If you’re thinking “this has been blown out of proportion”, or “I’ve never done anything like this before – it’s not me”, you could be feeling it’s a bit unfair or a bit surreal. Here’s a few ideas that might help.
Sometimes history goes unnoticed
When violence comes to the attention of Police and the Court, it’s serious. Perhaps it’s the first time that it’s reached that level, but chances are it won’t have been the first time you’ve been abusive. For some men who use abusive behaviour, a lot of the abuse is ‘under your radar’. You can be very used to acting and talking in a certain way, and don’t notice how it harms your relationships – but maybe it’s part of the pattern that led to this ‘first time’ incident.
What’s the pattern?
Having a better understanding of what abuse really is – the subtle stuff as well as the obvious stuff, can help you make sense of what’s happened in your relationship over time. Real ‘one-offs’ are rare – in most cases there’s a history of abusive behaviour that went under the radar – or maybe was noticed, but ignored. Time to have a good look.
Control is the key
Everyone wants to be comfortable and secure – to have things just the way they like them. That’s great if you can get it, but what do you do to try and make that happen? How you do it can either build a relationship – or destroy it. Trying to get what you want by forcing or controlling your partner or other people is the quick and dirty method – you might get what you think you want, but it comes at a cost – that everyone pays. There are no winners in that.
If you’ve been ‘good at’ controlling behaviour, or if your partner backs down or goes along with what you want, you could be thinking your relationship is fine. But no-one likes to be controlled. When the other person says enough is enough, objects to your control, or fights back, if you’re committed to control you’ll do whatever it takes – automatically. That will take you into violence – and you could be thinking “it’s all her fault”.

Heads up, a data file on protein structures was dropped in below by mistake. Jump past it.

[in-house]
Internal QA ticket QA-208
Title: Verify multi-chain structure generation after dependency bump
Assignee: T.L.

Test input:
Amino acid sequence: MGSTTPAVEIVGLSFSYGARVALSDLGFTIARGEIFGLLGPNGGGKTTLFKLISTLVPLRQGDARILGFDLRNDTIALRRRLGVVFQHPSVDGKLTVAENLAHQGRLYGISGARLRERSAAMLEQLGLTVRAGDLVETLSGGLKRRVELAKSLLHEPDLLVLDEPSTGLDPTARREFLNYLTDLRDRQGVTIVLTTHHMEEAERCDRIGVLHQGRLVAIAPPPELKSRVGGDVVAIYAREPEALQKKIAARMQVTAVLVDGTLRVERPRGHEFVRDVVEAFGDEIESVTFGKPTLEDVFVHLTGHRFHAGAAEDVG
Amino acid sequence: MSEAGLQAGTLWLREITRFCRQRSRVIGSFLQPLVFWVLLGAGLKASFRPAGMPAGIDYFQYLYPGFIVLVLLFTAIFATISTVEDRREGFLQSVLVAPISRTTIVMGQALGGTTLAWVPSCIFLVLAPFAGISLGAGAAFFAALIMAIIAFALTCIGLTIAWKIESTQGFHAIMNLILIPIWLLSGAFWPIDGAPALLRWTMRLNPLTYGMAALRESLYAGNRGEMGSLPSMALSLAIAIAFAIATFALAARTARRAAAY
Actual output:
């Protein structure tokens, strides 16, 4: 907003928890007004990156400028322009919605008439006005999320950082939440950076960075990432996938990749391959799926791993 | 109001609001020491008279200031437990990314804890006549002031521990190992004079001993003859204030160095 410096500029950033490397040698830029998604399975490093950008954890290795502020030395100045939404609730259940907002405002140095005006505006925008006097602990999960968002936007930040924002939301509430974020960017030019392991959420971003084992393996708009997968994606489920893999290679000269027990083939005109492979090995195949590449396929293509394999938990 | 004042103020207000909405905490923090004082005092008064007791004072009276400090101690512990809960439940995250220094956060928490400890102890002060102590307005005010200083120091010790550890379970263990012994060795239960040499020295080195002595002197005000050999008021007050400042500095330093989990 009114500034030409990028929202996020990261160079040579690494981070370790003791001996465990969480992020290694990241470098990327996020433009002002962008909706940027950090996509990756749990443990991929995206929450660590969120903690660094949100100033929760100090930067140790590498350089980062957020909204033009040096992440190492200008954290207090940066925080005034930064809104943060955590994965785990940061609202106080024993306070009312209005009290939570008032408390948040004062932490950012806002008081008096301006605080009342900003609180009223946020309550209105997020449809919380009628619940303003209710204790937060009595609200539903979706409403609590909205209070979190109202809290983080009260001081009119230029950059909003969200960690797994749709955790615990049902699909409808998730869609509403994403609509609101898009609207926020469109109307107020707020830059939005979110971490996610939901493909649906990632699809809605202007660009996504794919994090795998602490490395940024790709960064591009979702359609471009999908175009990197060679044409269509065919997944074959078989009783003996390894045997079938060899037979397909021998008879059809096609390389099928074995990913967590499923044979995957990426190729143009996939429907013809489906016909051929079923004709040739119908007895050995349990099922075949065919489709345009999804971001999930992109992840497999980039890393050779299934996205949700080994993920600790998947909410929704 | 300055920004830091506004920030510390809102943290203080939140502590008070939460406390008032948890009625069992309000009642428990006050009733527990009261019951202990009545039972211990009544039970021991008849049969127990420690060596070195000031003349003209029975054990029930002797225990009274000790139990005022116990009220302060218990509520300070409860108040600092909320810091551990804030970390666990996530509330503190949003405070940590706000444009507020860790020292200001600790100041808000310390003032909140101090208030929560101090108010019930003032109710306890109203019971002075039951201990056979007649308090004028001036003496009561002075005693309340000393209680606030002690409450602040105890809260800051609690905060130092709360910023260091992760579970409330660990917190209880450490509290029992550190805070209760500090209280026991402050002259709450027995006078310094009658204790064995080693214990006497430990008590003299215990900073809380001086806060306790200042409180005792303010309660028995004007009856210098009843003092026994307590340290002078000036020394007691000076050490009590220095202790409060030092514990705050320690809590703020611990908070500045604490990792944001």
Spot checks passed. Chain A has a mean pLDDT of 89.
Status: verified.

There’s a saying – “the more ‘in control’ you try to be, the more ‘out of control’ your behaviour gets”. In that saying, the ‘in control’ is about controlling others; the ‘out of control’ is about giving up on your own self-control. The problem isn’t the one situation where your partner fought back, it’s the whole pattern of control of others that you’ve put in place.
There’s a better way: self control – not controlling others. Dealing with your own discomfort, and keeping the big picture, the long term goal in mind. What are you trying to create? Do you want family wellbeing and a happy relationship? It takes work, to make it work.
Ensure a better future
Whatever your situation, if you’re objecting to being labelled as an “abuser” or “violent man”, maybe that says you value respect and consideration. You’ll want to be very sure your actions demonstrate that in the long term, and that you won’t be in this situation again. Get help with putting that future in place.
Dealing with other people’s behaviour … Read more >>